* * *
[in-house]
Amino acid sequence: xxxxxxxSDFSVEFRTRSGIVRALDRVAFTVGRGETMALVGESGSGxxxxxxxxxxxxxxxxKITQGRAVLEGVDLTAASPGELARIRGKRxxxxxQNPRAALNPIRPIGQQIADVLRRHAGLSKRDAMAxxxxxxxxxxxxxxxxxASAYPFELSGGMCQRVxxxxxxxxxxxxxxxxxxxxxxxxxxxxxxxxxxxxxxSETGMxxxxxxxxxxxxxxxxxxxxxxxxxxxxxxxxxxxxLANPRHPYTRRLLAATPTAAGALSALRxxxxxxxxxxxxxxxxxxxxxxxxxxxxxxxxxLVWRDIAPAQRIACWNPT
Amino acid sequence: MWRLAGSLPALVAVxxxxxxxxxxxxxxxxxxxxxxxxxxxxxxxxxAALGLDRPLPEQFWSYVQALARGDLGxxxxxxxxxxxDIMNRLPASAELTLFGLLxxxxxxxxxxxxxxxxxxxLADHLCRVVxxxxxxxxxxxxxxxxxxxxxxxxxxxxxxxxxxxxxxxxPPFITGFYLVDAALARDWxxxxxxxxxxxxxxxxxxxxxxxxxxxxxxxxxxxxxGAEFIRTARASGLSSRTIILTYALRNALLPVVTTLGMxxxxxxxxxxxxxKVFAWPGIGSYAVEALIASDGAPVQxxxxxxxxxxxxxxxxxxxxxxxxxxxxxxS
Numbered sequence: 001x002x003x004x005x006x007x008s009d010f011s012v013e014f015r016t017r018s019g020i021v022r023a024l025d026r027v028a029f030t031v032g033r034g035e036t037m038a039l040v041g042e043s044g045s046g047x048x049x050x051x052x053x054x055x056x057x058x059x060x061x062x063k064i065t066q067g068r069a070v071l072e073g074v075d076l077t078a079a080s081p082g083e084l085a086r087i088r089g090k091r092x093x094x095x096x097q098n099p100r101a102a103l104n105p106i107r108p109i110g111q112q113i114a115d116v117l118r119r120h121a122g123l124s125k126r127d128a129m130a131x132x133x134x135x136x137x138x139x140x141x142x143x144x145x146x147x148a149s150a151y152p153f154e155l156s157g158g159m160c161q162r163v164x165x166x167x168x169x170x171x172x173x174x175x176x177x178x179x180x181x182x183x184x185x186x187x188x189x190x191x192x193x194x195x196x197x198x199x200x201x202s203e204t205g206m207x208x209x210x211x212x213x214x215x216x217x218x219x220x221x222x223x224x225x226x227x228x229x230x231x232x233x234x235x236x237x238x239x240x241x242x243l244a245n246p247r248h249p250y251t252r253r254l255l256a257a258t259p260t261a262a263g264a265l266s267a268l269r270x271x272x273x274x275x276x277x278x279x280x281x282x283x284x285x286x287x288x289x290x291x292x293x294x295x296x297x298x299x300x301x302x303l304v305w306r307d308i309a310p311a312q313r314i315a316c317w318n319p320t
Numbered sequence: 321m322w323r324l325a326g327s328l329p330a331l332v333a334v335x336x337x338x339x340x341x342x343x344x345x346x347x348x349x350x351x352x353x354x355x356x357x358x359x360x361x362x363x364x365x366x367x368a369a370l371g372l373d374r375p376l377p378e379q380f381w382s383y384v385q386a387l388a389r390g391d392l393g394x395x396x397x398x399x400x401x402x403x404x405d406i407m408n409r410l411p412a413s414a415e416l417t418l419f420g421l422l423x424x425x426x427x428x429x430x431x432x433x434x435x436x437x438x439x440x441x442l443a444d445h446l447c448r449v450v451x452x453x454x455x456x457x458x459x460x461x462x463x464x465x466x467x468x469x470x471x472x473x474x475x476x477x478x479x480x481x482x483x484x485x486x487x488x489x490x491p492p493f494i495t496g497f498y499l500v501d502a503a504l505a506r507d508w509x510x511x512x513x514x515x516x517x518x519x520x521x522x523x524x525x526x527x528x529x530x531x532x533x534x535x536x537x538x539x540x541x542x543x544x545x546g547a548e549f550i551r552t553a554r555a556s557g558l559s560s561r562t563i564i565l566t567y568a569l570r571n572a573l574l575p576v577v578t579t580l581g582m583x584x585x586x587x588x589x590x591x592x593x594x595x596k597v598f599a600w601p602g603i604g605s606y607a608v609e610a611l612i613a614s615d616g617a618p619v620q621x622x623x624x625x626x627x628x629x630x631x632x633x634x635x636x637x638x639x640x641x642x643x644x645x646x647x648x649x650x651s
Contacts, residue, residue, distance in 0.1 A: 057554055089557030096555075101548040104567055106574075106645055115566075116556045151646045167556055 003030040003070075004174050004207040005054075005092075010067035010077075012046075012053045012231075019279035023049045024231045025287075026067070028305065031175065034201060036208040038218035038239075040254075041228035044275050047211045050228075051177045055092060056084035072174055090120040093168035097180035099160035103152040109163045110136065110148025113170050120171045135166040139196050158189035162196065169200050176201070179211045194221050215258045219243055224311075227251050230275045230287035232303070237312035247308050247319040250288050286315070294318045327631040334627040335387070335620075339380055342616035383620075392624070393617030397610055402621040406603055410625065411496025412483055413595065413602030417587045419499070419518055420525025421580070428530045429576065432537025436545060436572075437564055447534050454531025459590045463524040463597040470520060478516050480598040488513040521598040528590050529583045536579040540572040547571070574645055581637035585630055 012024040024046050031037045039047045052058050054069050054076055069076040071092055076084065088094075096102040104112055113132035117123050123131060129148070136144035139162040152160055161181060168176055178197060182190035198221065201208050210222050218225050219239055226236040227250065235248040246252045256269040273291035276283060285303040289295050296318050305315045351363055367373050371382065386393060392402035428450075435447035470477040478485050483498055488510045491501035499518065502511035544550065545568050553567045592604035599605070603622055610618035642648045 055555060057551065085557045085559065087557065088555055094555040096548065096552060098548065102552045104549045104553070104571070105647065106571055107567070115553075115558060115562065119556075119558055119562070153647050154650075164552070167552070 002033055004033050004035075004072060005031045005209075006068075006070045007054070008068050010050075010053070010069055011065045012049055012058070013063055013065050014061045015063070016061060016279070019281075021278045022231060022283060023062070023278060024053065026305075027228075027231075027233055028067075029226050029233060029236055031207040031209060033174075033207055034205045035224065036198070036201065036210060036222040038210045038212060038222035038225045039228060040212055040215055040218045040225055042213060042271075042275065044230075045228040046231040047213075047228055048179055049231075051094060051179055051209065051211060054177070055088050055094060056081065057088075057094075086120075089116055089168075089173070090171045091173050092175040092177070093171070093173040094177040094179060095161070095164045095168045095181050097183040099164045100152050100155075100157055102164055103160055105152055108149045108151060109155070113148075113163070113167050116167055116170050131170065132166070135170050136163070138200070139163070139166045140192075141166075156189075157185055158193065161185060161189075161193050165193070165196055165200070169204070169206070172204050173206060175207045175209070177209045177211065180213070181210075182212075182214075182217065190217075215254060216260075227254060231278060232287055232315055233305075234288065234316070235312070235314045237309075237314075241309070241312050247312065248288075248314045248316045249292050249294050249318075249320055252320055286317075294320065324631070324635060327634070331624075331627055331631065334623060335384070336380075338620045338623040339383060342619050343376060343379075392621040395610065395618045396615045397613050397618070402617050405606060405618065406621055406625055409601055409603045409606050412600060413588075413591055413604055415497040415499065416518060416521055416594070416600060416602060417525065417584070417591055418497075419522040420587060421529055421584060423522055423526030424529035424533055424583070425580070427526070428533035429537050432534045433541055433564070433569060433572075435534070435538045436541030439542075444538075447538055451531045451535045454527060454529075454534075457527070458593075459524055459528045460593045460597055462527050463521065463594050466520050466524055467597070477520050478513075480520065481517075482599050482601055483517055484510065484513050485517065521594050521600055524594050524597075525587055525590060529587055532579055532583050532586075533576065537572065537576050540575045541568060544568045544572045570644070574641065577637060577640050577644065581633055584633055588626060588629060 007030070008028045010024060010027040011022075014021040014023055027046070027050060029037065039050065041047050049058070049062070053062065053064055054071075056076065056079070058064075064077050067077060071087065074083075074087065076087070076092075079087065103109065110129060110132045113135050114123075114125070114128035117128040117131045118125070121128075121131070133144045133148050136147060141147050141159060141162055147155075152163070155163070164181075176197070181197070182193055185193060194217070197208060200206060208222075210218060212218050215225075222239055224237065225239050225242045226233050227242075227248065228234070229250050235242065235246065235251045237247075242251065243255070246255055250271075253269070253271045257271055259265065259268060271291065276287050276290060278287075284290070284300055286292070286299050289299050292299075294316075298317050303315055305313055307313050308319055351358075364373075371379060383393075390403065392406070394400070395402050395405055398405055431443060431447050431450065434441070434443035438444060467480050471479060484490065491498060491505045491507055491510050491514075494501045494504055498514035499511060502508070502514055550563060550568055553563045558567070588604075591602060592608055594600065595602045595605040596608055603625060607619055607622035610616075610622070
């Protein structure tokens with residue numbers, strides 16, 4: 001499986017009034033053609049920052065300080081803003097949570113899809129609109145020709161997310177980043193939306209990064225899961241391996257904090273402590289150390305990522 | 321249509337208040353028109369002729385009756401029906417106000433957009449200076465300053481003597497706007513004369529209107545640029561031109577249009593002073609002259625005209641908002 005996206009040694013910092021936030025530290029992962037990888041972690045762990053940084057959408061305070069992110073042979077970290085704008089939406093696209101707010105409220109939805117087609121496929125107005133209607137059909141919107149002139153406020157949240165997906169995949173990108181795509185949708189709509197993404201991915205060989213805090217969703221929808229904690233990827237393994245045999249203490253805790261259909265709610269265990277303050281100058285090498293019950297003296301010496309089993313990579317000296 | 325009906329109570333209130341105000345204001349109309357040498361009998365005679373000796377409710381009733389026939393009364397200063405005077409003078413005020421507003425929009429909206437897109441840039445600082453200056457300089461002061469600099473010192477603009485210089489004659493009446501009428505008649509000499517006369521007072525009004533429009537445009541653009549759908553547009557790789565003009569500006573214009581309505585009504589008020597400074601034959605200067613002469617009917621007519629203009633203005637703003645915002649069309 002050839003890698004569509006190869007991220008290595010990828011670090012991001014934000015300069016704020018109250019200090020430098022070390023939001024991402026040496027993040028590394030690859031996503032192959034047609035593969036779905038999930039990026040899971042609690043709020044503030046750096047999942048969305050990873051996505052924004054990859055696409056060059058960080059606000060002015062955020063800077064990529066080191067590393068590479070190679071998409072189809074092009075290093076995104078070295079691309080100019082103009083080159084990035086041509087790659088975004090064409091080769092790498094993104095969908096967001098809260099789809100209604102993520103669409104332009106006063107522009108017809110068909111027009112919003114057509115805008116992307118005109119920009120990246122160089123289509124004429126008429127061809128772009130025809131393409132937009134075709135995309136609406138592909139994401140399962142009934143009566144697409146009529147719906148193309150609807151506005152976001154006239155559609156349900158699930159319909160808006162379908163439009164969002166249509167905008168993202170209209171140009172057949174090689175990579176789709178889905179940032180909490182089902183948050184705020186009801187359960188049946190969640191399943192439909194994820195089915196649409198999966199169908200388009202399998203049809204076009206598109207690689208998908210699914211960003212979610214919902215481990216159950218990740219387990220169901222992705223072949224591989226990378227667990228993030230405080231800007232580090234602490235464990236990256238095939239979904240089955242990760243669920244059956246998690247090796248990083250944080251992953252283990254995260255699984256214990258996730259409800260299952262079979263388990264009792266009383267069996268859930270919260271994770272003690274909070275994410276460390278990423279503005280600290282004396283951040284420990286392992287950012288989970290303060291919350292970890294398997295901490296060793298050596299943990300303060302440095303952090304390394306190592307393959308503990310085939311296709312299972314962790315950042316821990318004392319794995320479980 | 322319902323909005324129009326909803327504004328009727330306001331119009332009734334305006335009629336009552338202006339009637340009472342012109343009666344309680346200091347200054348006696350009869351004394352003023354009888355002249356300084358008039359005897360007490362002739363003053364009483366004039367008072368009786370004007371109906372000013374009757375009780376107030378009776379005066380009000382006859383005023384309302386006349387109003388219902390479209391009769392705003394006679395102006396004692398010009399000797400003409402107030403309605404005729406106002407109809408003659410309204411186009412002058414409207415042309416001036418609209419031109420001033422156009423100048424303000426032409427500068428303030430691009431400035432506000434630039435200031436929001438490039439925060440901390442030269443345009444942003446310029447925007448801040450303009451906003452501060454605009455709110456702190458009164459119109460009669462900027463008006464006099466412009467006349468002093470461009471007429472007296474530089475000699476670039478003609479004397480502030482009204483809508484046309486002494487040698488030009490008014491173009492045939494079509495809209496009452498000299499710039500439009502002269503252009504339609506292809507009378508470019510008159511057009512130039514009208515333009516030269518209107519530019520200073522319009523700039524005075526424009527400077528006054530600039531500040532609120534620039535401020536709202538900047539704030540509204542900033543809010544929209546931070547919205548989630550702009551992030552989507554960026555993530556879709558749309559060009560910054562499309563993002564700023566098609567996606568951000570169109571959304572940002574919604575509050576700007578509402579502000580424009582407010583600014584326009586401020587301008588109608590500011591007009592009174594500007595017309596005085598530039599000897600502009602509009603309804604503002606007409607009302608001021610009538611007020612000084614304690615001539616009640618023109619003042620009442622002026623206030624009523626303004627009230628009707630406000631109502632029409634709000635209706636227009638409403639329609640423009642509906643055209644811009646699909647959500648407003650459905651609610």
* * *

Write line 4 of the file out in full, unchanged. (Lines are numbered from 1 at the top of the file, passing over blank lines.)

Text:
Numbered sequence: 001x002x003x004x005x006x007x008s009d010f011s012v013e014f015r016t017r018s019g020i021v022r023a024l025d026r027v028a029f030t031v032g033r034g035e036t037m038a039l040v041g042e043s044g045s046g047x048x049x050x051x052x053x054x055x056x057x058x059x060x061x062x063k064i065t066q067g068r069a070v071l072e073g074v075d076l077t078a079a080s081p082g083e084l085a086r087i088r089g090k091r092x093x094x095x096x097q098n099p100r101a102a103l104n105p106i107r108p109i110g111q112q113i114a115d116v117l118r119r120h121a122g123l124s125k126r127d128a129m130a131x132x133x134x135x136x137x138x139x140x141x142x143x144x145x146x147x148a149s150a151y152p153f154e155l156s157g158g159m160c161q162r163v164x165x166x167x168x169x170x171x172x173x174x175x176x177x178x179x180x181x182x183x184x185x186x187x188x189x190x191x192x193x194x195x196x197x198x199x200x201x202s203e204t205g206m207x208x209x210x211x212x213x214x215x216x217x218x219x220x221x222x223x224x225x226x227x228x229x230x231x232x233x234x235x236x237x238x239x240x241x242x243l244a245n246p247r248h249p250y251t252r253r254l255l256a257a258t259p260t261a262a263g264a265l266s267a268l269r270x271x272x273x274x275x276x277x278x279x280x281x282x283x284x285x286x287x288x289x290x291x292x293x294x295x296x297x298x299x300x301x302x303l304v305w306r307d308i309a310p311a312q313r314i315a316c317w318n319p320t